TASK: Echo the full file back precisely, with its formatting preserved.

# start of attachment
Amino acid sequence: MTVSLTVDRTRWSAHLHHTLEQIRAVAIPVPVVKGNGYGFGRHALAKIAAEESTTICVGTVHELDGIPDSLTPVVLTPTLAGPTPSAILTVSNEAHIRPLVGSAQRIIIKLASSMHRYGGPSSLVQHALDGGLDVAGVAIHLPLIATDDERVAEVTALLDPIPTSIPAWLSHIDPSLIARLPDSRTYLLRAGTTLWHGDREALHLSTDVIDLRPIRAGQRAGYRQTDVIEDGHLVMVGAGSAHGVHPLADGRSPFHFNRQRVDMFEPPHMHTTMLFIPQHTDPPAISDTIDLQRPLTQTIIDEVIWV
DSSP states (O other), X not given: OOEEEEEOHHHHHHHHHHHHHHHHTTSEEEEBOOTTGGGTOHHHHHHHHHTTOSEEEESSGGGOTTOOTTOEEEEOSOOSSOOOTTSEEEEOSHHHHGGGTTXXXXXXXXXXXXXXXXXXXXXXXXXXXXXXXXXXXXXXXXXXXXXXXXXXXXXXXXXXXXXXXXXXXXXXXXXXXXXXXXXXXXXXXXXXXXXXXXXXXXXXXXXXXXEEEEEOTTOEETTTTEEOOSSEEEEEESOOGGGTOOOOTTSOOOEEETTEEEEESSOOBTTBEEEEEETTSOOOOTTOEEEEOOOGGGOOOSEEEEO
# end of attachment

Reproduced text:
Amino acid sequence: MTVSLTVDRTRWSAHLHHTLEQIRAVAIPVPVVKGNGYGFGRHALAKIAAEESTTICVGTVHELDGIPDSLTPVVLTPTLAGPTPSAILTVSNEAHIRPLVGSAQRIIIKLASSMHRYGGPSSLVQHALDGGLDVAGVAIHLPLIATDDERVAEVTALLDPIPTSIPAWLSHIDPSLIARLPDSRTYLLRAGTTLWHGDREALHLSTDVIDLRPIRAGQRAGYRQTDVIEDGHLVMVGAGSAHGVHPLADGRSPFHFNRQRVDMFEPPHMHTTMLFIPQHTDPPAISDTIDLQRPLTQTIIDEVIWV
DSSP states (O other), X not given: OOEEEEEOHHHHHHHHHHHHHHHHTTSEEEEBOOTTGGGTOHHHHHHHHHTTOSEEEESSGGGOTTOOTTOEEEEOSOOSSOOOTTSEEEEOSHHHHGGGTTXXXXXXXXXXXXXXXXXXXXXXXXXXXXXXXXXXXXXXXXXXXXXXXXXXXXXXXXXXXXXXXXXXXXXXXXXXXXXXXXXXXXXXXXXXXXXXXXXXXXXXXXXXXXEEEEEOTTOEETTTTEEOOSSEEEEEESOOGGGTOOOOTTSOOOEEETTEEEEESSOOBTTBEEEEEETTSOOOOTTOEEEEOOOGGGOOOSEEEEO